Richard Prince - Contemporary Art Day Sale London Wednesday, October 15, 2014 | Phillips
  • Provenance

    Patrick Painter Inc, Santa Monica
    Barbara Gladstone Gallery, New York

  • Exhibited

    Santa Monica, Patrick Painter Inc, Richard Prince New Works, 19 January – 9 March 2002

  • Literature

    Modern Painters, Special American Issue, Autumn 2002, p 75 (illustrated)

  • Catalogue Essay

    Richard Prince’s history of working in the advertising industry during 1970’s spurred a vast knowledge and interest of the ways that culture is propagated. Prince soon became fascinated by America’s subgroups, why they stood in defiance to the mainstream and the lifestyles they styled for themselves. He begins to use appropriation by re- photographing images that had previously been in the magazines he had worked with as a means of questioning the validity that an image can hold. This is a highly intelligent piece of art in its recognition of the viewer’s desire to seek unity out of disparate elements. Prince realises that without some element of organisation, the spectator becomes alienated and thus cannot connect to a work of art. He solves this problem by creating a series of black forms, which are placed in such a way that captures our intrigue; the proximity of these forms and their repetitive layout establishes a relationship between them, which we are left to decode for ourselves. It is this process of thinking, doubting and investigating which draws us to Prince’s pieces. Many have suggested that the shapes are reminiscent of a startled clown’s face, which would comply with the choice of the title but also reaffirms the desire to seek out a face within art as a way of feeling less alienated by it. Whether this be the artist’s intention or not, there is no denying that humour has played a continuing role in Prince’s career as a means of poking fun at societal situations.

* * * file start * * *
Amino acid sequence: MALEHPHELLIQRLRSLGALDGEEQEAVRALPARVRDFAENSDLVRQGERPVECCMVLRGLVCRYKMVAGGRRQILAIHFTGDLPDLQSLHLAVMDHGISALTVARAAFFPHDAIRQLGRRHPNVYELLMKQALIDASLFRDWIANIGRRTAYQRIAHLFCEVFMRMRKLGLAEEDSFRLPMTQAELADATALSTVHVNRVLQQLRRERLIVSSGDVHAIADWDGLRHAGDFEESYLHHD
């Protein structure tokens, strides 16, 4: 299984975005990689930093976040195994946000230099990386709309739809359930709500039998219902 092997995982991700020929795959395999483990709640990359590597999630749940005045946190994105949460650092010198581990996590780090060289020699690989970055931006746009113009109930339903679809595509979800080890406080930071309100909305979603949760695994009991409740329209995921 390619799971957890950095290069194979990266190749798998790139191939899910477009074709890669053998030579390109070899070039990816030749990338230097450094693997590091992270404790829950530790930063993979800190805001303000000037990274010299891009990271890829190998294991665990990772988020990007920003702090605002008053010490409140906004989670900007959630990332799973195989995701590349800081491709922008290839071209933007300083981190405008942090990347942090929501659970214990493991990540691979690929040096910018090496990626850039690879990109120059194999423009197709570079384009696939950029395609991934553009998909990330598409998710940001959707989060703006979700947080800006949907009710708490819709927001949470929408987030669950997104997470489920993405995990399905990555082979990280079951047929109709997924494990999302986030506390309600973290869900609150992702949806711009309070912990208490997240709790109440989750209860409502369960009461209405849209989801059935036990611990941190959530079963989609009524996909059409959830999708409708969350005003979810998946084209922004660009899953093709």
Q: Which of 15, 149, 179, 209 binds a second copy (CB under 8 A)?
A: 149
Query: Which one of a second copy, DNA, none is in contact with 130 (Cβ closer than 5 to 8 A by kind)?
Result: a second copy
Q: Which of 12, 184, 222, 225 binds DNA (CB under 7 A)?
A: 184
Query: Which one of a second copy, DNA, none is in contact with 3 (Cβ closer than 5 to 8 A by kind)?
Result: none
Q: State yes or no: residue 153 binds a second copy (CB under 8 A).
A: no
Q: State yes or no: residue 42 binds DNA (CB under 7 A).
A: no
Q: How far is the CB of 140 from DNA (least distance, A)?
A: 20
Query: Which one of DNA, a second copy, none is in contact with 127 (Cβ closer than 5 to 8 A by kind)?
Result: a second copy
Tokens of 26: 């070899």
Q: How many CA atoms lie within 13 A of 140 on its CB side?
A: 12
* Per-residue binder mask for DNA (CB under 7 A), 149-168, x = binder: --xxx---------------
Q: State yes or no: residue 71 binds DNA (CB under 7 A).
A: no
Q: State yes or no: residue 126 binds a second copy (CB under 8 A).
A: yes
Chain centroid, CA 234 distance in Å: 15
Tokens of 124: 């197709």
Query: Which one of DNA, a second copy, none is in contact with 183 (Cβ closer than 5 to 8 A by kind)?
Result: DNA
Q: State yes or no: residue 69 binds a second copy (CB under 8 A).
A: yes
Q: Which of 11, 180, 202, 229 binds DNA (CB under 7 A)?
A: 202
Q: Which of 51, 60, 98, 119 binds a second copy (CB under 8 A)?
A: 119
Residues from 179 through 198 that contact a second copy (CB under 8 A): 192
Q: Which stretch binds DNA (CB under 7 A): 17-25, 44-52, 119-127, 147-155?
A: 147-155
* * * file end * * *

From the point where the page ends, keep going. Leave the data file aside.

• Artist Biography

    Richard Prince

    American • 1947

    For more than three decades, Prince's universally celebrated practice has pursued the subversive strategy of appropriating commonplace imagery and themes – such as photographs of quintessential Western cowboys and "biker chicks," the front covers of nurse romance novellas, and jokes and cartoons – to deconstruct singular notions of authorship, authenticity and identity.

    Starting his career as a member of the Pictures Generation in the 1970s alongside such contemporaries as Cindy Sherman, Robert Longo and Sherrie Levine, Prince is widely acknowledged as having expanded the accepted parameters of art-making with his so-called "re-photography" technique – a revolutionary appropriation strategy of photographing pre-existing images from magazine ads and presenting them as his own. Prince's practice of appropriating familiar subject matter exposes the inner mechanics of desire and power pervading the media and our cultural consciousness at large, particularly as they relate to identity and gender constructs.

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My Funny Valentine

acrylic on silkscreen frame
219.5 x 175 cm (86 3/8 x 68 7/8 in.)
Signed and dated ‘Richard Prince 2001’ on the stretcher and again ‘Richard Prince 2001’ on the reverse.

£150,000 - 200,000 

Contact Specialist
Henry Highley
Head of Day Sale

+44 207 318 4061

Contemporary Art Day Sale

London Auction 16 October 2014 2pm